no_slapps: You just don't get it! If Enron and Worldcom had such fine businesses, why are their shareholders getting nothing ($0) for their shares? I don't know about you, but I am investing to make money. That is, I want dividends and capital gains from my stocks as well as my principal back.
Are you one of those new modern investors who thinks the role of the capital markets is to supply unlimited capital to smart young people so they can start crazy new businesses with no chance of success and without adult supervision?
Secondly, where money is concerned, the bad guys never go away. The con men are always scheming to get your money any way they can. The recovery from the bubble is only about half over. Because the credit cycle eased the pressure on the weak sisters has eased. But I guarantee you that when they can no longer sell stock or borrow to keep their leaky old boats afloat, it will become apparent that there is still a lot of trouble in the financial world.
Someday I want you to take me on a tour of your hi-tech kitchen and show me your measuring cups with embedded micro chips and your internet toaster.
pmlljl, the shareholders of WCOM and Enron are getting nothing because their stock represents the "residual value" of the company after all debts are satisfied. There is no residual value to distribute. But that fact does not equate to a non-existent business. The actual revenues were far into the billions of dollars.
Anyway, I will take a look at both companies AFTER their bankruptcies are concluded.
If you care, most of my holdings are the stocks of small savings banks and small savings & loans.
My kitchen is equipped with manually operated measuring cups, which are probably older than me -- which means kitchenware companies haven't gotten much from me lately. However, your comments suggests you don't think innovation kitchen gadgets is possible or likely, which is exactly why I think NPK's prospects are limited.
no_slapps: I understand exactly why Enron and Worldcom shareholders are not getting any money back from their investments. It is because they were poor businesses run for the benefit of the management instead of the stockholders. In addition, the very top managers in these two companies were predatory crooks who cared only about themselves and cared nothing at all about their fiduciary responsibilities to their shareholders. Moreover, in Enron's case, the company just announced, in relation to coming out of bankruptcy, that their creditors are only going to get back about 20% of what they are owed. As for the size of their businesses, anyone can create a large revenue business if he is willing to sell below cost. The trick is to fool Wall Steeet into giving you the cash needed to be able to sell below cost. Losing money is easy, the hard part is to make it and keep it.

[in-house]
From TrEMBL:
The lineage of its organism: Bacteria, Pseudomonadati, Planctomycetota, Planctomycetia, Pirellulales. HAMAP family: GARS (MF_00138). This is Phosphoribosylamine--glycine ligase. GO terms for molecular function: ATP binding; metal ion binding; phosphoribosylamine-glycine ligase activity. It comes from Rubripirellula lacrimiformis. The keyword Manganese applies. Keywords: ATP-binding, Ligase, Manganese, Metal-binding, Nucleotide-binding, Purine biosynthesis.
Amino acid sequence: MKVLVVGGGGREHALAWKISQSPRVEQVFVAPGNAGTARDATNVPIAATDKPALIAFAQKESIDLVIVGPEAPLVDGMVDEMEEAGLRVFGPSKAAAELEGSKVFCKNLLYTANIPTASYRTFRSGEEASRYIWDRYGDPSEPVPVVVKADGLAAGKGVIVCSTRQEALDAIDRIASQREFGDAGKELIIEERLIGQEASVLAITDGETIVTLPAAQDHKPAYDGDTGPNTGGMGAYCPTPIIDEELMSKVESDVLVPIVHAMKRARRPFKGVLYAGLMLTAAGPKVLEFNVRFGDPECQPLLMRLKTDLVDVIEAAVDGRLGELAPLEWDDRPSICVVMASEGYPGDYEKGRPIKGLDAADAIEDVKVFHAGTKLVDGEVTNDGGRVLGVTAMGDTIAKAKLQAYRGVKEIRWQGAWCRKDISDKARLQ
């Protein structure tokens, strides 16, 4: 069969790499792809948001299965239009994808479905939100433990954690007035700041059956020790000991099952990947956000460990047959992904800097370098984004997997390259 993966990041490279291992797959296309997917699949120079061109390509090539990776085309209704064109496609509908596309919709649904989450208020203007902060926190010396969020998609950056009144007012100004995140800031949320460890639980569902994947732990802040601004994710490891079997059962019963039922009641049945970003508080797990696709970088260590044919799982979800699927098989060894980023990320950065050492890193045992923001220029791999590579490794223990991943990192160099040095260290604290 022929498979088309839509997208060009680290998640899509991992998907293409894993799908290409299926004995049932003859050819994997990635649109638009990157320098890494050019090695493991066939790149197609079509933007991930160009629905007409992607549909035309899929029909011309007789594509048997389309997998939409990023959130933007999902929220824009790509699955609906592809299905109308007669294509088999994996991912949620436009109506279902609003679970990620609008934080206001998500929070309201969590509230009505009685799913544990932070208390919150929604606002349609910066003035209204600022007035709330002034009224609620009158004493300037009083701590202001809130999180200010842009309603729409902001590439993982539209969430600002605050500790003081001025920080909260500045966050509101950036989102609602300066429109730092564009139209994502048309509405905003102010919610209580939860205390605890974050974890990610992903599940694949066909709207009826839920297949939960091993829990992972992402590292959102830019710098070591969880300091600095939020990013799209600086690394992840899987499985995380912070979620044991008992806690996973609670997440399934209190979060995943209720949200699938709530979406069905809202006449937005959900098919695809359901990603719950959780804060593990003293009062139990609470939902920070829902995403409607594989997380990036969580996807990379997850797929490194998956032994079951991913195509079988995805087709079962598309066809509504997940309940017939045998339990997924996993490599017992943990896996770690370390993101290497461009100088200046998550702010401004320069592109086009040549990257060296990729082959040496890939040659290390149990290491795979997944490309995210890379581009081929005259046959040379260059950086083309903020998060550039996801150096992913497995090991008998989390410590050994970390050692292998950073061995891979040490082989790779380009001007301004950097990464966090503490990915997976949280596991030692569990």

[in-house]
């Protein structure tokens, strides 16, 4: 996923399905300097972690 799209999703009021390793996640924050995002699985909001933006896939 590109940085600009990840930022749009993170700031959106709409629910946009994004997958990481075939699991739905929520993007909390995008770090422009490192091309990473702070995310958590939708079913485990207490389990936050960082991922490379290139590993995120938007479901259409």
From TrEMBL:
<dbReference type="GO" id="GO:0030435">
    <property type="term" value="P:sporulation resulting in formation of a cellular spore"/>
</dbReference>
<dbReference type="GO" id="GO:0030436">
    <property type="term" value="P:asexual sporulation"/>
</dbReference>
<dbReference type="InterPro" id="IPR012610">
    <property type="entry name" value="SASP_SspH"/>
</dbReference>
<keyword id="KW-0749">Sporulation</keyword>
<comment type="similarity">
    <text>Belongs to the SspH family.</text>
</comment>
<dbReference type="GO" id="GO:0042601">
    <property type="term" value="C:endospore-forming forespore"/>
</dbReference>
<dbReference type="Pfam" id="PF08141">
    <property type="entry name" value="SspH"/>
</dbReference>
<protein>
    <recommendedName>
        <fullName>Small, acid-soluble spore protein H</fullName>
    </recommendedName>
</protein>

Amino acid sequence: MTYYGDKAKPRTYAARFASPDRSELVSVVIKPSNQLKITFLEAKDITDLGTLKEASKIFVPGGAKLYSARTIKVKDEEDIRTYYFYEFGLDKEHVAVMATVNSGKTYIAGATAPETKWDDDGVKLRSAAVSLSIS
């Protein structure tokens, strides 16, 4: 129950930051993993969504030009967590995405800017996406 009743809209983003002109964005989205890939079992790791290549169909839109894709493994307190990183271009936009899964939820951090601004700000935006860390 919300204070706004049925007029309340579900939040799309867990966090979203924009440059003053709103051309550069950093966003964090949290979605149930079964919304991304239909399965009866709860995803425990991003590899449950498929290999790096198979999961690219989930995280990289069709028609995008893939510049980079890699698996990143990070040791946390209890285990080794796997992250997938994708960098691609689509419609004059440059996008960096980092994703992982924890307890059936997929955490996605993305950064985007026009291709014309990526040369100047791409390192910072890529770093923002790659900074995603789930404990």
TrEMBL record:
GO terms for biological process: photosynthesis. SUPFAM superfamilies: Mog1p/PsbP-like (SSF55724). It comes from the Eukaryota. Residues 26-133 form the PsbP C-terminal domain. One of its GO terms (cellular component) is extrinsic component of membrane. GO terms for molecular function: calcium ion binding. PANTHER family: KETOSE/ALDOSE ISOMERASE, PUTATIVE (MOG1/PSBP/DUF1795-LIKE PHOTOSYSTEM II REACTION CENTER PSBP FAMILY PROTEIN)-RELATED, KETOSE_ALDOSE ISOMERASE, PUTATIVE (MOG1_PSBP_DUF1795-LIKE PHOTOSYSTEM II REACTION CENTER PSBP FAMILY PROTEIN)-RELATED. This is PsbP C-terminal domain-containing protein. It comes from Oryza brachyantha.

Another way to grow a business is to make acquisitions. Worldcom appeared to be really good at this. They made acquisitions right and left. The worst problem with this is that in most cases they paid way too much. Buying businesses is very much like an investor buying stocks. That is, if you pay way too much for the hottest stocks, you are as good as dead. Thus if you had paid $200 for Amazon or say $70 for Worldcom or Enron, your later efforts could only attempt to reduce your losses because those stocks were never close to having intrinsic values in those amounts. The market is often very wrong in pricing stocks and I contend that it was really wrong pricing NPK at $26 and it is still wrong at $32.72. But it is finally going in the correct direction. Instead of carping about the company and its management when the stock was $26, you should have buying it.
That is why I think you are so mistaken about NPK and its management. They have been running this company for about fifty years and there have been no bankruptcies. They do not go back to Wall Street with their hands out asking for more money all the time. They have continuously paid relatively large dividends that a person like yourself who invests in banks and savings and loans should understand and appreciate. Besides they have accumulated a great deal of cash that you and other shareholders would love to get your hands on. I can only conclude with your attitude about "kitchen gadgets" that you somehow ran across NPK's balance sheet and decided to buy the stock because you thought it was a bank!
Finally, I again reiterate my offer to buy your stock at current prices so you will have cash on hand ready to dive into the NEW Worldcom and the NEW Enron who you said you believe will put up some "good numbers". And this time I hope their "good numbers" aren't just a prelude to a Chapter 22 (2x11) bankruptcy filing.